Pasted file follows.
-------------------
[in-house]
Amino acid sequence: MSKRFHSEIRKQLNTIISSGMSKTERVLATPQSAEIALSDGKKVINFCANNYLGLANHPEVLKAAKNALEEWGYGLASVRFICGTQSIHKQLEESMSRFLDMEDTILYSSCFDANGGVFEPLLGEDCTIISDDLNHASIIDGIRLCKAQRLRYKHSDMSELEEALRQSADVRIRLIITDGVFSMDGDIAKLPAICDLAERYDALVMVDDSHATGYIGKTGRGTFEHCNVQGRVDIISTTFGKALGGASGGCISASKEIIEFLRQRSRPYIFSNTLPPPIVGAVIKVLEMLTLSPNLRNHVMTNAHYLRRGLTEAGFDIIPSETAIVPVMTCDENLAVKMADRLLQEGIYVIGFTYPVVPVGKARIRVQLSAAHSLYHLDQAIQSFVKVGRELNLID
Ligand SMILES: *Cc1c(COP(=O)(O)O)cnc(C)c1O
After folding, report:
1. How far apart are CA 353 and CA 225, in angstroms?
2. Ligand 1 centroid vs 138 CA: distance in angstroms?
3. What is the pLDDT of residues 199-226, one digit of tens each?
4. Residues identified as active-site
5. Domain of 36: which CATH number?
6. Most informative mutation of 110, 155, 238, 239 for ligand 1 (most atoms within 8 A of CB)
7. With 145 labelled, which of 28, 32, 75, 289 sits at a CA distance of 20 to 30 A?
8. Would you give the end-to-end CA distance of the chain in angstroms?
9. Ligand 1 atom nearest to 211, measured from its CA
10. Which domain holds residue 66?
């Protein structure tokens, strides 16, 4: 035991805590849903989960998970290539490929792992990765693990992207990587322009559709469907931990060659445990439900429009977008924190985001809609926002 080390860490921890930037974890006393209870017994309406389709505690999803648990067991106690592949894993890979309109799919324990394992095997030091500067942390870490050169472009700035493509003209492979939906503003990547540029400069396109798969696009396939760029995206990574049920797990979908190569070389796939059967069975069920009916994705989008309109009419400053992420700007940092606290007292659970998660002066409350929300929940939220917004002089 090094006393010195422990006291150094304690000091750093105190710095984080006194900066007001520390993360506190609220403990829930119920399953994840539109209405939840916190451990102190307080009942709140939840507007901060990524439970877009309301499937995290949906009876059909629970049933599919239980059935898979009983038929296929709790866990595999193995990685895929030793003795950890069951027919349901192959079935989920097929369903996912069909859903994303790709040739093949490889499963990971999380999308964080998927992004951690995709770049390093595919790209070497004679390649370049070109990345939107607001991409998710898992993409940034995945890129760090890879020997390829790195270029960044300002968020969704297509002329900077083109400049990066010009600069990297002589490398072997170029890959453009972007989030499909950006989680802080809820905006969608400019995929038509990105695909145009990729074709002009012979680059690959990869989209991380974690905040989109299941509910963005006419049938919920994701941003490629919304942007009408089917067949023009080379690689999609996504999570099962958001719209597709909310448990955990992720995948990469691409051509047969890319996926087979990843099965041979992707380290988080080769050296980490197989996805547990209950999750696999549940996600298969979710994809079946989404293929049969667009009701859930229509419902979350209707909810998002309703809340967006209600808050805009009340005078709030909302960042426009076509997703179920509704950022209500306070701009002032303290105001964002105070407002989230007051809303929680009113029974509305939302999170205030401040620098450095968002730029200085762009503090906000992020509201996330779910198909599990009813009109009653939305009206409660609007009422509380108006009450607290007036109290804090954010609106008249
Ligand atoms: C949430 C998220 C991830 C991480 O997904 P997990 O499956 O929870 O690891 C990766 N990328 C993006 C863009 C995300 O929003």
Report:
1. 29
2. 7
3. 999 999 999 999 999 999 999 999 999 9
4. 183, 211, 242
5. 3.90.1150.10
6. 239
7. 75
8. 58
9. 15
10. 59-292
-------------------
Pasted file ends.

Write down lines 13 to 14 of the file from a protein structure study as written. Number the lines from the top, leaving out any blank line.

9. Ligand 1 atom nearest to 211, measured from its CA
10. Which domain holds residue 66?